European leaders sparred with Greece over a second rescue program, clouding progress toward a permanent aid fund and tougher budget rules designed to stabilize the euro.
Greece faced criticism that its economic makeover is faltering, and it fended off German-led calls for a European overseer to take command of its budget after its deficits surpassed targets for two years.
“What the Greeks have to do is show they are ready to implement the package,” Dutch Prime Minister Mark Rutte told reporters as he arrived for a European Union summit in Brussels today. “We can help Greece through this difficult phase, but then Greece has to execute all agreements they made with us.”
Bargaining with Greece over a debt writedown and its economic management threatened to overshadow a summit meant to point the way out of the financial crisis by speeding the setup of a full-time 500 billion-euro ($654 billion) rescue fund and signing off on a German-inspired deficit-control treaty.
A start-of-year respite from market pressures continued today when Italy raised 7.5 billion euros, close to its maximum target, in preparation for its biggest redemption of 2012. At least five more countries plan bond sales this week. The euro slipped 0.9 percent to $1.3160 at 5:30 p.m. in Brussels, snapping a five-day rally.
“We can say -- with caution -- that we see elements of financial stability in France, in Europe and in the world,” French President Nicolas Sarkozy said yesterday. “Europe is no longer at the edge of the cliff.”
Greece is making progress on one component of the package, nearing an agreement for bondholders to accept deeper losses on a 50 percent cut in the face value of more than 200 billion euros of debt.
Creditors are willing to take an average coupon of as low as 3.6 percent on new 30-year bonds, said a person familiar with the matter, who declined to be identified because a final deal hasn’t been struck yet. As recently as Jan. 23, creditors wanted an average coupon of about 4.25 percent, two people familiar with the talks said then. That offer equated to a loss of about 69 percent on the net present value of Greek debt.
European concerns that Greece can deliver budget cuts and economic reforms are holding up other parts of the package, which Greece needs to meet a 14.5 billion-euro bond payment due on March 20.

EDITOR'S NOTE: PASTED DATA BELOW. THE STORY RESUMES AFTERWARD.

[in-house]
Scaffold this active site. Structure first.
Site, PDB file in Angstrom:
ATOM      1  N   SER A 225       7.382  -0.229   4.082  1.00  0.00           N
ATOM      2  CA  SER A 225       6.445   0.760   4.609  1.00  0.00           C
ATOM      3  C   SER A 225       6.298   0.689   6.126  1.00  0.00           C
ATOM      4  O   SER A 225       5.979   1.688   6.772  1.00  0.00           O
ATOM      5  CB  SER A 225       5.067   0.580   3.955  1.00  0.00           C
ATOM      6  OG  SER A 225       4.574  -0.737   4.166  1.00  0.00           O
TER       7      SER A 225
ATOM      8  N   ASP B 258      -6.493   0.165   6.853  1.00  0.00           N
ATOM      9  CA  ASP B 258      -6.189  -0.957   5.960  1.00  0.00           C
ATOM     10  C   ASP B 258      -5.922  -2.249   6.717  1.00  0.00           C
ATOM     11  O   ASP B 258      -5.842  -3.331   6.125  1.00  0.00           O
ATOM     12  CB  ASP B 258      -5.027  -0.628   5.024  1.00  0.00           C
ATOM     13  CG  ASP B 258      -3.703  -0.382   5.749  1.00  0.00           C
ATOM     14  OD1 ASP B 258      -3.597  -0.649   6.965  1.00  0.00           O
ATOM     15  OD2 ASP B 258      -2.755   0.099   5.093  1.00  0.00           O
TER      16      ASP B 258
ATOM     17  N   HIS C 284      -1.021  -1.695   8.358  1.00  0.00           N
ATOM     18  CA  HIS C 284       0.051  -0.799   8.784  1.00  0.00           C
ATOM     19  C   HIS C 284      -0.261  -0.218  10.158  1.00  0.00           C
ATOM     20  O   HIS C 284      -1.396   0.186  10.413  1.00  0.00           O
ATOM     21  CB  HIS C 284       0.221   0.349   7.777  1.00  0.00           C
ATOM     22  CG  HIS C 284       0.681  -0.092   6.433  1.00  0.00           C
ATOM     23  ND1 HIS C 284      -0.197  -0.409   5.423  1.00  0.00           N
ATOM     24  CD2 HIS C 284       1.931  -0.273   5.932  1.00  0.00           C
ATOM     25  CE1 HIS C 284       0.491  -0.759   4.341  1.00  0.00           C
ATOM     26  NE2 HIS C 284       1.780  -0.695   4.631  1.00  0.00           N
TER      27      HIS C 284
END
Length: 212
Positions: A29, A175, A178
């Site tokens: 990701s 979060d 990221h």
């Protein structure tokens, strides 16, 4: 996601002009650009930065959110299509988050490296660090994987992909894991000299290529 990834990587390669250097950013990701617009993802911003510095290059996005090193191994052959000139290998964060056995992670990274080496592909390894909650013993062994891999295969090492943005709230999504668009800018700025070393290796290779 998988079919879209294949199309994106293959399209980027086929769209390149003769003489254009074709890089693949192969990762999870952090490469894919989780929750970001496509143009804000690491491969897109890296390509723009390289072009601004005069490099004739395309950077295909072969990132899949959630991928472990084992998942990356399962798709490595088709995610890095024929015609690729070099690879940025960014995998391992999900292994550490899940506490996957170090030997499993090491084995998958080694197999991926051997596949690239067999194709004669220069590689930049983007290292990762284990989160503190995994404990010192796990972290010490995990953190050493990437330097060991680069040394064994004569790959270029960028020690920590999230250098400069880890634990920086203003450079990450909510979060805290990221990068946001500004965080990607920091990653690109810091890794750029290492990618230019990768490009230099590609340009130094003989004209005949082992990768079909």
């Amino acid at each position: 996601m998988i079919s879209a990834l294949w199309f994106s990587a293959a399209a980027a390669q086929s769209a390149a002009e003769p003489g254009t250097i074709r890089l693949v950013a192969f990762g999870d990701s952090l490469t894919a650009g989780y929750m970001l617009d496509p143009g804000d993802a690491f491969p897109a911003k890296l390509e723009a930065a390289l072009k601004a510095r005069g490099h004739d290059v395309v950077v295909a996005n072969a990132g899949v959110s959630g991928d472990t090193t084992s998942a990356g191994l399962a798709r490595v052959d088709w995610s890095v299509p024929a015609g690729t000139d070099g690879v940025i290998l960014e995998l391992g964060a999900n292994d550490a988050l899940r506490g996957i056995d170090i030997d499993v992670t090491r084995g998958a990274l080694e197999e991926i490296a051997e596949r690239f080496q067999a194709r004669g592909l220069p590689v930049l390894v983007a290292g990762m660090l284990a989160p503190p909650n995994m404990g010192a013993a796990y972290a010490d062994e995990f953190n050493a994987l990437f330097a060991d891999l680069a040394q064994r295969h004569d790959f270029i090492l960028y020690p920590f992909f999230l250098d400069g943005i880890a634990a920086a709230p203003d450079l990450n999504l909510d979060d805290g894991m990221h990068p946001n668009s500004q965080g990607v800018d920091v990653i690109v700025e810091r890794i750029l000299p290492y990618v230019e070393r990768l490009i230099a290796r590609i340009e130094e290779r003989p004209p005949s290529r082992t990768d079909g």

“We won’t have a thorough discussion of Greece because the troika is in Greece and we don’t have a result of the talks with the banks,” German Chancellor Angela Merkel said.
The troika -- the European Commission, European Central Bank and International Monetary Fund -- oversees the 110 billion-euro program awarded to Greece in 2010 and conducts talks on an additional 130 billion euros pledged in October.
Germany’s call for an EU-appointed overseer of Greece’s budget prompted consternation in Athens and led other European governments to warn against treating Greece differently than other countries.
“It is right that one controls strictly but using one commissioner especially for one country, I don’t think is a good idea,” Austrian Chancellor Werner Faymann said.
The German view was captured by Michael Fuchs, the head economic spokesman for Merkel’s Christian Democratic Union in parliament. In an interview in Berlin, Fuchs said: “The free lunch is over: no external controls, no money. I can’t look my constituents in the eye and say anything different.”
With the euro economy set to contract by 0.5 percent this year, according to the median of 19 forecasts compiled by Bloomberg, the leaders will seek to send a pro-growth message by breaking down barriers to cross-border commerce.
Leaders will pledge to channel unspent subsidies and consider boosting the lending of the bloc’s project-financing arm, though without providing any figures, according to a draft summit statement obtained by Bloomberg News.
“We must do more to get Europe out of the crisis,” the draft statement said.
Leaders also plan to complete the fiscal-discipline pact, which has gone through five drafts since nine countries outside the euro teamed with the 17 on the inside to work up the new rules in December. Britain was alone in boycotting the process.
A call by Poland, the biggest country with aspirations to adopt the common currency, to take part in euro-area decision-making looms as the main obstacle to a deal on the fiscal compact.
Poland’s plea to take part in euro summits is running into opposition from a group led by France, which has long aimed to turn the euro area into an exclusive policymaking club.
Poland will join the fiscal pact “under one condition -- that these countries that take this co-responsibility are also participating in the decision-making process in terms of how this fiscal compact is executed,” Prime Minister Donald Tusk said today in Brussels.
Only countries that ratify the fiscal compact will be eligible for aid from the permanent bailout fund, the European Stability Mechanism. Leaders today will pledge to bring the ESM into operation on July 1, a year ahead of schedule.
Leaders are unlikely to address mounting pressure to raise the ceiling on rescue lending from 500 billion euros once the permanent fund goes on line, two EU officials said last week.